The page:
Lesson number three - always marry a partner who has a steady job with fixed income, a person with a decent profession. In the vicarage murders the jobless state of Russell was the launching pad for Fr. Matthew, who capitalized on the void and appeared like a saviour to the struggling family. He offered the Ingram family an annex in the church premises, and a job for Dalrene as his church secretary and found a job for Russell at Lake House!!

Lesson four for all aspiring Romeos and Juliet’s, before you marry try and build your own home, no matter how small it is. Or as an alternative have enough money to rent a decent home for yourselves (instead of wasting money by hosting gala receptions which none will remember after 2 weeks, and starting married life in debt).

Russell and Dalrene had kids, without a steady income. We move onto the greatest impulse now, which afflicts every human- sexual temptation. It is somewhat okay to be tempted by a piece of curried pork or strawberry cheese cake, as these wouldn’t transgress the laws of the almighty. But sexual temptations are a ‘booby’ trap that will explode, leaving you exposed and ruin your marriage, leaving your innocent children with emotional scars for life. Matthew George Fredrick was a human. Every ordained clergy is human. King David was a human. He was a married man when he saw alluring beauty of bathing Bathsheeba, from his balcony. He had her husband Uriah (a soldier) killed and seduced the bathing beauty.

David however repented and wrote Psalm 51 (which Matthew Peiris would have read and learnt at the British seminary).

At the quiet annex in Kynsey Road, Colombo 8, Dalrene became a distraction to Matthew.

Lesson five: to our young readers; don’t leave your wife alone at home in a vulnerable position. The film shows the deviant priest enjoying a peep at the undressing woman. This is Rutnam’s interpretation of sexual enticement. Today there is no need to spy in the shower. With so many online platforms you can visit more than one bathroom or Jacuzzi from your laptop screen or smart phone. For those indulging in ‘monkey business’ there are dating apps that show like minded women (and men) near your city. It was one peep that led to an intimate affair for Matthew and Dalrene. Russell Ingram and Eunice Peiris paid with their lives. Don’t get caught in sexual temptation. It is a severe addiction.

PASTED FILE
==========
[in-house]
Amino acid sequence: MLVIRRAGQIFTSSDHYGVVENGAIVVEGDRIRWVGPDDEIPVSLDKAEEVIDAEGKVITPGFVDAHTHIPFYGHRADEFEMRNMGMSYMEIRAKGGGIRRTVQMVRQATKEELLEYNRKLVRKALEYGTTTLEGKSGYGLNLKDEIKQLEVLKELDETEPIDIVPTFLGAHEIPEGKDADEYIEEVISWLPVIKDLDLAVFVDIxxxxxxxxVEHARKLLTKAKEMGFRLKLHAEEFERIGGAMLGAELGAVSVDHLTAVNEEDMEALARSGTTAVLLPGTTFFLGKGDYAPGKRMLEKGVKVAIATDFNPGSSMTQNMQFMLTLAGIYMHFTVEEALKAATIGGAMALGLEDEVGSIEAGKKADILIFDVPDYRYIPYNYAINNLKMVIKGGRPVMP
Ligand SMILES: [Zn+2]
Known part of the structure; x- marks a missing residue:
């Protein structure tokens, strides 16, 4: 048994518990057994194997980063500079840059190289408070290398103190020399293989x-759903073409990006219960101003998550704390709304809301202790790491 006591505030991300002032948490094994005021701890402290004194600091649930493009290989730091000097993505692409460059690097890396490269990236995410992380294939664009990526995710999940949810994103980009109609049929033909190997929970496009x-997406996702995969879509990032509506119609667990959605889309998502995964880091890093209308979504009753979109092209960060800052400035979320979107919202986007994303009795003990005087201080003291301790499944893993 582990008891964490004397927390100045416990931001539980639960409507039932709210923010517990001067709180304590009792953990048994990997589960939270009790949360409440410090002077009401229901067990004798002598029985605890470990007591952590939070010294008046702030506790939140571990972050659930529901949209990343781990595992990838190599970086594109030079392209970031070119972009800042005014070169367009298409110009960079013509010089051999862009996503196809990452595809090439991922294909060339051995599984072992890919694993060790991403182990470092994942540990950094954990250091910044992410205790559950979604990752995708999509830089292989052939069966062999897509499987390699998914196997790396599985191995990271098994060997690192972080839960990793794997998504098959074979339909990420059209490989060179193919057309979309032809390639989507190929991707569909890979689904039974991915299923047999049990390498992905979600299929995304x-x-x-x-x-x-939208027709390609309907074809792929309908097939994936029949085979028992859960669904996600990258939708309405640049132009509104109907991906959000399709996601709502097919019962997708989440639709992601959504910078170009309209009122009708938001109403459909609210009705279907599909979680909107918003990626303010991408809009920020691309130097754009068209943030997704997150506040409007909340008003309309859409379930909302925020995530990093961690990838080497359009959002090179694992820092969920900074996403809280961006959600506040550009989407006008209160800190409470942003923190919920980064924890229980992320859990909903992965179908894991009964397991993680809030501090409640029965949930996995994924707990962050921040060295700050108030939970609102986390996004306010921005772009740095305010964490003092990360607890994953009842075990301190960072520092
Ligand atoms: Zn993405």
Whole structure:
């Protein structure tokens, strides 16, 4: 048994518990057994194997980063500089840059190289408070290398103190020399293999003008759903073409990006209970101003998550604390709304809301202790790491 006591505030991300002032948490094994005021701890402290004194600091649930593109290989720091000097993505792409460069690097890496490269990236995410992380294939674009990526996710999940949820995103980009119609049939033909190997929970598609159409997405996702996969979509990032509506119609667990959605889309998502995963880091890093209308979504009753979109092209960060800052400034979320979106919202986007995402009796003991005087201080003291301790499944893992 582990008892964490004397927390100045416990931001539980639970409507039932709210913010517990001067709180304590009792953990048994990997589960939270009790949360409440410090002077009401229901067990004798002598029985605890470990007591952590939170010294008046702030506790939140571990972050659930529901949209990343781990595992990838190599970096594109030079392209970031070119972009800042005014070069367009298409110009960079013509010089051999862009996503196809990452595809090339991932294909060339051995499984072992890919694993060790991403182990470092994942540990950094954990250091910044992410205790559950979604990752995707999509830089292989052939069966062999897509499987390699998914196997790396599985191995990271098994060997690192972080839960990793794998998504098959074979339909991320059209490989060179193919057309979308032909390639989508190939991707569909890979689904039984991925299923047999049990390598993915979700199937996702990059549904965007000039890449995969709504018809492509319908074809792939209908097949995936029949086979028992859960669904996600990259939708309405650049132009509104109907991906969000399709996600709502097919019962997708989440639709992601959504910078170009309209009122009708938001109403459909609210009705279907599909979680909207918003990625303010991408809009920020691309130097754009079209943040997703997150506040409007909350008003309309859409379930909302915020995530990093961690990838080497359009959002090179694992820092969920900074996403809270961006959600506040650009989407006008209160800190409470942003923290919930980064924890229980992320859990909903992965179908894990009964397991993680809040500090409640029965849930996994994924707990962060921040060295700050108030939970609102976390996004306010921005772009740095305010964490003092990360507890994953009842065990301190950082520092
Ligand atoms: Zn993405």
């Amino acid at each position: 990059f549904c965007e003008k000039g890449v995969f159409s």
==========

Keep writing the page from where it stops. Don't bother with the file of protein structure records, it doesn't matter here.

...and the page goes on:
Lesson six: is for young people to have deep conversations about life and family. Aimless texting and chatting on Watsup or Skype does not reveal the ‘inside’ of a future spouse. My how people fall deeply in love, for some it is blind, in more ways than one. There are some hopeless romantics who date one person after another, often compromising their virginity.

The internet is a concealed den to chat and cheat, so you think. Warning- remember the chats and photos (including the nude ones) you share will be used to disgrace you if the romance fails. If you don’t understand your intended spouse, you will not appreciate him/her after marriage. If Dalrene and Russell had issues they didn’t know how to solve it and Matthew manipulated them both.

For divorced persons or single young parents with kids (it is a hard situation to be in), think of how your child will respond if you remarry? You have needs for affection- so does your child. Fifteen years after you remarry, when your child wants to marry, will they be stigmatized saying your mama or dada married twice?

Getting good and practical advice would be lesson number seven. For those dating, progressing in love or newly married- life isn’t a rainbow. You will encounter problems and temptations. Never be foolish and share them with those you don’t know that well. They will add fuel to fire, especially the jealous ones who lack love in their own marriage. Seek counsel from a trusted friend you know for at least 5 years, a genuine work colleague who has a decent married life or a clergy whose life reflects the genuine compassion of God.

Matthew Peiris was convicted after the esteemed and learned three judge bench, gave a verdict of 612 pages. This trial was the first in Ceylon when two young police officers ASP Hema Weerasinghe and IP Cyril Selvaranam of the CDB, flew to England for forensics in a homicide investigation. The vicarage murders will be forgotten in a few weeks. They will be a memory in the annals of criminal history. But these lessons can save young people and hopefully sustain relationships where the romance and bliss of marriage remain real.